Originally posted on JohnShackleton blog by John Shackleton
I’ve been a goal setter for more than 30 years. Like many of you I’ve always had a major goal that drives me, something I’m passionate about and dedicated to achieving. At times I’ve focused on the financial side of my life, other times it’s been the physical side. Sometimes it’s been my swimming, sometimes my business, sometimes my health and sometimes my relationships.
Recently however I’ve changed things a little!!!
Now, don’t worry, I’m not suggesting there’s something wrong with having goals. I think it’s really important that we know where we’re going in life, because if we don’t, we probably won’t like where we end up!
However I do believe that some of us occasionally approach goal setting in a way that has the potential to harm us.
If you’re a dedicated goal setter then you may have experienced a time when you’ve become obsessive. So inspired by, and focused on, your goal that it becomes all consuming and takes over your life. Some of the athletes I’ve worked with have become so obsessive about winning that they neglect the people or the things that also matter to them. Some of them focus so hard on their goal that they become completely out of balance and are extremely difficult to live with.
Some of the business and sales people I’ve worked with have also taken a similar route, becoming so fixated on achieving their own goal that they lose sight of everything else around them. Goal obsessive business people often forget the needs of their clients because they are striving to achieve something within their own business. Goal obsessive sales people can become so inward facing and so ego driven that they aren’t nice to be around and can end up repelling prospects rather than attracting them.
What happens when we become goal obsessed is that we live our lives in the future rather than in the present. We think thoughts like:
‘Life will be great when …….?I’ll be happy when …….?Things will be perfect when …….’
Goal obsession is all about the destination rather than the journey. We become rooted in the future and forget to enjoy the present. If you think about it, all goals are about creating happiness for ourselves. We believe that when we’ve earned the money, bought the car, won the race, regained our fitness or found that special partner then we’ll be happy
Unfortunately happiness doesn’t happen in the future, Happiness is a NOW thing. When you’ve finally earned the money and bought the new car, you may be happy but only FOR A SHORT WHILE. Within a few weeks that happiness will fade and the new car will be just like the old one. Full of used coffee cups, needing a service and expensive to fill with fuel. Even though it’s a great thing to achieve, in the long run buying a new car won’t make you happy!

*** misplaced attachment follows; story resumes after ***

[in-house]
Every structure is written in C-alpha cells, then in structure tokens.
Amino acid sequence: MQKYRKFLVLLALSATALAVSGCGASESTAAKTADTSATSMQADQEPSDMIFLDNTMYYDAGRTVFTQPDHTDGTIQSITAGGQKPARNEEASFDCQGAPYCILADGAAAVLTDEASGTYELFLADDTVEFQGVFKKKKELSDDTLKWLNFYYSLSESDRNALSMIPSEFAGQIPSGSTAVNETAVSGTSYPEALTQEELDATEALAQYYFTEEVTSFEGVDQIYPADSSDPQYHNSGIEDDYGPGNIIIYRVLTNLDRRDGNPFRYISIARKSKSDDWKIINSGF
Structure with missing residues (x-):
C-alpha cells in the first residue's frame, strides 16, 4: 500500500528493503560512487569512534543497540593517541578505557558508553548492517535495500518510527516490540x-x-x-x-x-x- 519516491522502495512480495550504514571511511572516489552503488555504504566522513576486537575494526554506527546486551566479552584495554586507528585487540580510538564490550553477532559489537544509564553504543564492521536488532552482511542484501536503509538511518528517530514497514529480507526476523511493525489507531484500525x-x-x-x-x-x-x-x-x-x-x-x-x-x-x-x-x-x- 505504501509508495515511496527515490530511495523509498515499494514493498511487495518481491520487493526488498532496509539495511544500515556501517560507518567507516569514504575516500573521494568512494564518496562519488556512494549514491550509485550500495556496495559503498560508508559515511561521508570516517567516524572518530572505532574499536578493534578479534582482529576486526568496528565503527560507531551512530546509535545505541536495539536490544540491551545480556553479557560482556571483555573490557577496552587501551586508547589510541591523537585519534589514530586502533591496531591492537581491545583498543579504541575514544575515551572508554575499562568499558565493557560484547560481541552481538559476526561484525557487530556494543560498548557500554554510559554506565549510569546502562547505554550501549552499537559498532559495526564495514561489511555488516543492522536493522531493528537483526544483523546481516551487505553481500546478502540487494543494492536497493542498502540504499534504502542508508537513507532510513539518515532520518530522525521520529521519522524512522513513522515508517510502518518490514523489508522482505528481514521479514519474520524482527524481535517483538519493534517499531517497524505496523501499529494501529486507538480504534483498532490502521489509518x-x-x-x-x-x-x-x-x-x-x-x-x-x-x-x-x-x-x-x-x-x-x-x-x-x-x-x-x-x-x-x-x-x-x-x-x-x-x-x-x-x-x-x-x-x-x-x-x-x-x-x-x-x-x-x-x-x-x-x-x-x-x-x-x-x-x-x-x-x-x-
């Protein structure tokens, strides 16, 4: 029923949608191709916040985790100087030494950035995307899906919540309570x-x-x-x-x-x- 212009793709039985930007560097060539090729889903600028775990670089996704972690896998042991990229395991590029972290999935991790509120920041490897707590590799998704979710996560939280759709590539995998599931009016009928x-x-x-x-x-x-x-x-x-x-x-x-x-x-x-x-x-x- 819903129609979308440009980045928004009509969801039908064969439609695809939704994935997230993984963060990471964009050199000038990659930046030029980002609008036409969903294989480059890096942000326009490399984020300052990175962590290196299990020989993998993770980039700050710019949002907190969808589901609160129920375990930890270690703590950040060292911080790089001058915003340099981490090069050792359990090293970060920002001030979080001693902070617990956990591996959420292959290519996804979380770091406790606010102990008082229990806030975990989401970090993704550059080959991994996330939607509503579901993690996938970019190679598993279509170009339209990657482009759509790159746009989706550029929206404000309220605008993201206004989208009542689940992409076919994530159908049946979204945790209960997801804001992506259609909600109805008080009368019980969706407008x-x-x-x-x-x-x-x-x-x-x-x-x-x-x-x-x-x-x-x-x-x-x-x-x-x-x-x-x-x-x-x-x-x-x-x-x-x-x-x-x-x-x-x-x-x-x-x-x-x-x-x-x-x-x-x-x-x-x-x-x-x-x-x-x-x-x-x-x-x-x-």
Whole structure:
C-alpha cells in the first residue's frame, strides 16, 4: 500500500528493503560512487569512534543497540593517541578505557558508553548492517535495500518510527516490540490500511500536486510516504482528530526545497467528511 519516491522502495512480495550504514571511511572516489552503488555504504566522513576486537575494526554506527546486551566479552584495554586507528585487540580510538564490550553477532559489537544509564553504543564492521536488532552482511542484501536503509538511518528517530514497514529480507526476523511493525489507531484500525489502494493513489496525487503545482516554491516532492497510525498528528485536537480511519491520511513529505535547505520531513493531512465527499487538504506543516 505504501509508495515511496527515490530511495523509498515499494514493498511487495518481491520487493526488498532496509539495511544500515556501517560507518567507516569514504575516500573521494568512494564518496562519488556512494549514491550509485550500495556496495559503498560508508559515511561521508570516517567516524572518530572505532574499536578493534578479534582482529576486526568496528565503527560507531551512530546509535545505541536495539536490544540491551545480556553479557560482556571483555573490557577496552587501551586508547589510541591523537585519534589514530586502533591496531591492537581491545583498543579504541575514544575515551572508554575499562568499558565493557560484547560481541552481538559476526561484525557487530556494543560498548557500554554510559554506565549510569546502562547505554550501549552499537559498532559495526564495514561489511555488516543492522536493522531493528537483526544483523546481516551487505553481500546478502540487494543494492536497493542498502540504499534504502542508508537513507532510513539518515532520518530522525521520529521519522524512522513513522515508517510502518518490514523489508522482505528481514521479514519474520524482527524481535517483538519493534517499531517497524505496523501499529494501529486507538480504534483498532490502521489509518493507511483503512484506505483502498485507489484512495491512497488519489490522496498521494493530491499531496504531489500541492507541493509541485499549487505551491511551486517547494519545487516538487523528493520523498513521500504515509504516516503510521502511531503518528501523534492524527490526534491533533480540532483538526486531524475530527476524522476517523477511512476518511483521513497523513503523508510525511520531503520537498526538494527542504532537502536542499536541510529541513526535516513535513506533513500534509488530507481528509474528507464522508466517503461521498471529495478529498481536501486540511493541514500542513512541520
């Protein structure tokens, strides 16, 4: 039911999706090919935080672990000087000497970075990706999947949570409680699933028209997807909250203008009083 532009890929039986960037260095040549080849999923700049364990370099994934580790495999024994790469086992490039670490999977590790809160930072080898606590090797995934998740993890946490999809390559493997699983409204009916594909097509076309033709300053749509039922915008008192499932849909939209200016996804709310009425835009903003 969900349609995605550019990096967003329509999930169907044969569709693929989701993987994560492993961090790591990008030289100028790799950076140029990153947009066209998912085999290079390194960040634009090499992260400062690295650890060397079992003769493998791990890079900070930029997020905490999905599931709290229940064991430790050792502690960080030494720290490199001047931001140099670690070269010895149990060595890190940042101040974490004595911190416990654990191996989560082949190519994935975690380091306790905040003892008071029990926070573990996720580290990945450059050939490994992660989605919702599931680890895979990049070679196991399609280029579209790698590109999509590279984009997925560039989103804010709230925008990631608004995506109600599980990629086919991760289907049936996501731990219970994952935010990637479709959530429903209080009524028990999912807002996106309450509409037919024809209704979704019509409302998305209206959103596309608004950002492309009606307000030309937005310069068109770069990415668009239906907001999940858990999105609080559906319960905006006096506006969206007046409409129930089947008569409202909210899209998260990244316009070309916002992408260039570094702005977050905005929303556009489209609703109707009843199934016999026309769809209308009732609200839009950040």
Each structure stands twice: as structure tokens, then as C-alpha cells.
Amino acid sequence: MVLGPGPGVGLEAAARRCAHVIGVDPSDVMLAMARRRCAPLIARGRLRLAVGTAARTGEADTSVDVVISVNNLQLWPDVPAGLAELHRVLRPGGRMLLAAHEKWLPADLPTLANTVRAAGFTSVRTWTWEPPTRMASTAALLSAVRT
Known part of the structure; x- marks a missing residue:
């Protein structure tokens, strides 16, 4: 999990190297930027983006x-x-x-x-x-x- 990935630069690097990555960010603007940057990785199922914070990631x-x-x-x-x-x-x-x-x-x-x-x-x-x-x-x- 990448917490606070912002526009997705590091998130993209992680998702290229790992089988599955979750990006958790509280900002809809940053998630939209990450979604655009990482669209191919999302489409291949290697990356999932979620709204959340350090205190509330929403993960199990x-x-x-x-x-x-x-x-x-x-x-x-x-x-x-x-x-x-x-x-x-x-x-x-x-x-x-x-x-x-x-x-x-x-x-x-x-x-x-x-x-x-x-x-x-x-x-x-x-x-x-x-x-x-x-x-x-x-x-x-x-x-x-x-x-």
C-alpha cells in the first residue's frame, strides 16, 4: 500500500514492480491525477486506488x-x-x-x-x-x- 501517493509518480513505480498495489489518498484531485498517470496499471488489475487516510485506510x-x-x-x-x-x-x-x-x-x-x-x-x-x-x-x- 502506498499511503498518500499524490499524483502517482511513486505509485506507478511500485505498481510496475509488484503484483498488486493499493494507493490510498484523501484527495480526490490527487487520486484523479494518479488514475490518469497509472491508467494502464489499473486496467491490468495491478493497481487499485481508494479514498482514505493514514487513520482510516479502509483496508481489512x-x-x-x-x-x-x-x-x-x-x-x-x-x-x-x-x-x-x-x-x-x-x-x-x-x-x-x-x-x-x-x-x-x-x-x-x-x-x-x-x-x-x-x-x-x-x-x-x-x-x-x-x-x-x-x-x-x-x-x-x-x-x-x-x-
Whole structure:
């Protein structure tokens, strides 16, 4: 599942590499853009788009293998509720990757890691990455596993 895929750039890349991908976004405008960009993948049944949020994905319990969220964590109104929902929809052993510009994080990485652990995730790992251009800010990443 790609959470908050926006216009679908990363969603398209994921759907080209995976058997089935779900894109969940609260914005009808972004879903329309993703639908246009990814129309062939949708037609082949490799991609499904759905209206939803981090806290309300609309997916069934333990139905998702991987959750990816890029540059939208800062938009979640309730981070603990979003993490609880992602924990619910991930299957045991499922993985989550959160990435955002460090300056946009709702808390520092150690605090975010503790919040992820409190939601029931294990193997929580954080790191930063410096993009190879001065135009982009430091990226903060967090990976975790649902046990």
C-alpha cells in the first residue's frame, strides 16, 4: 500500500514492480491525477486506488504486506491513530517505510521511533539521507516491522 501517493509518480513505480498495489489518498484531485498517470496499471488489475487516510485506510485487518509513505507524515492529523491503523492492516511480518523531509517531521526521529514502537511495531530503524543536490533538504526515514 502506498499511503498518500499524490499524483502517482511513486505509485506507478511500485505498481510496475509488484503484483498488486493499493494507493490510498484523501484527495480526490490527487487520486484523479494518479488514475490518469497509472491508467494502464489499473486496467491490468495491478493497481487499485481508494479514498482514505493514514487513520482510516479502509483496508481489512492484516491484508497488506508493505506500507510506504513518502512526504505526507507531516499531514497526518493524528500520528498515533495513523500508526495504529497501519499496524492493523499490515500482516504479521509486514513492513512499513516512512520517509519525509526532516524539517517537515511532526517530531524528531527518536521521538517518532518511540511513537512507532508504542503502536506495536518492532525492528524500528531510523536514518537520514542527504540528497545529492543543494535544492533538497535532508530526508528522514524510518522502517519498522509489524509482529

I’ll always remember the summer of my 21st year. It was after University and before my first job and I spent the entire 3 months as a garbage collector emptying household rubbish bins to earn enough money to buy my first car. By the end of the summer I’d achieved my goal but I remember very little about buying, owning or driving that car. What I do remember though is the fantastic time I had doing all the hard work and making big sacrifices so that I could achieve my dream. I vividly remember the massive sense of achievement I got every Friday paying my wages into my bank account and watching the total grow. It’s the journey that makes us happy not the destination because happiness only happens in the NOW.
At that time I was task or action obsessive rather than goal obsessive. I had a goal but I was completely focused on doing the day-to-day work necessary for the achievement of the goal and constantly thinking about my financial progress. Psychologically there’s a huge difference between the two approaches but let’s think of it this way: Goal obsession is focused in the FUTURE whereas action obsession is focused in the NOW.
I know from past experience that when I’m goal focused I live my life in the future and become difficult to deal with. Focusing on the future makes me turn inward and I stop considering others and how I can help them. However, when I become action or task focused, I am always trying to do the best job I can for others and so I’m more considerate of their needs.
What about you? Are there times when you’ve become goal obsessed, focused on the future and not IN THE NOW? Do you find yourself looking inward all the time, ignoring the needs of others, focused on yourself and your own achievements? When you experience this situation what do you do about it?
As Deepak Chopra says, we need to have goals but once we’ve set them we need to lose our attachment to them and turn our attention onto the activities that will create them. The key for me is once I’ve set the goal I immediately create the action plan for its achievement. I ask myself the question ‘what consistent activity do I need to do every day in order to achieve my goal?’ I then focus all my attention on the activity, only occasionally looking up to see if I’m making the progress towards the goal.
Try it – it could bring you more happiness and it might make you easier to live with too!
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